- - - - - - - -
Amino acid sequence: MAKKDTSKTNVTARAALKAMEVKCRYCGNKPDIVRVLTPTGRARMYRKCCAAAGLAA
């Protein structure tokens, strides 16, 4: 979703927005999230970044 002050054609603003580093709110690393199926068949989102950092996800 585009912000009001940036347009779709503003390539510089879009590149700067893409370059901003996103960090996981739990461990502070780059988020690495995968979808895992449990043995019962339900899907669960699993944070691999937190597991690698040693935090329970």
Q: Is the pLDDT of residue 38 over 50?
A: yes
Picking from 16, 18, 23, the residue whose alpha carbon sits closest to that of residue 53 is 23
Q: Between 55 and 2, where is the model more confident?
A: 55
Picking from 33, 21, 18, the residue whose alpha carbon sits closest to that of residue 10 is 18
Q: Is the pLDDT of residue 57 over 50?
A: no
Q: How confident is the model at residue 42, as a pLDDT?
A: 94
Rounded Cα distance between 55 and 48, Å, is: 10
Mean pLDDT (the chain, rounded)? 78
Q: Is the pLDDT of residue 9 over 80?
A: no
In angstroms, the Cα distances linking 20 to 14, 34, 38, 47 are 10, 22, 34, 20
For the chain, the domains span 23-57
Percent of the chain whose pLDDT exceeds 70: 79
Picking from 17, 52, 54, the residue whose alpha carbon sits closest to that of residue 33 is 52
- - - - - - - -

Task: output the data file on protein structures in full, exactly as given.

Amino acid sequence: MAKKDTSKTNVTARAALKAMEVKCRYCGNKPDIVRVLTPTGRARMYRKCCAAAGLAA
């Protein structure tokens, strides 16, 4: 979703927005999230970044 002050054609603003580093709110690393199926068949989102950092996800 585009912000009001940036347009779709503003390539510089879009590149700067893409370059901003996103960090996981739990461990502070780059988020690495995968979808895992449990043995019962339900899907669960699993944070691999937190597991690698040693935090329970």
Q: Is the pLDDT of residue 38 over 50?
A: yes
Picking from 16, 18, 23, the residue whose alpha carbon sits closest to that of residue 53 is 23
Q: Between 55 and 2, where is the model more confident?
A: 55
Picking from 33, 21, 18, the residue whose alpha carbon sits closest to that of residue 10 is 18
Q: Is the pLDDT of residue 57 over 50?
A: no
Q: How confident is the model at residue 42, as a pLDDT?
A: 94
Rounded Cα distance between 55 and 48, Å, is: 10
Mean pLDDT (the chain, rounded)? 78
Q: Is the pLDDT of residue 9 over 80?
A: no
In angstroms, the Cα distances linking 20 to 14, 34, 38, 47 are 10, 22, 34, 20
For the chain, the domains span 23-57
Percent of the chain whose pLDDT exceeds 70: 79
Picking from 17, 52, 54, the residue whose alpha carbon sits closest to that of residue 33 is 52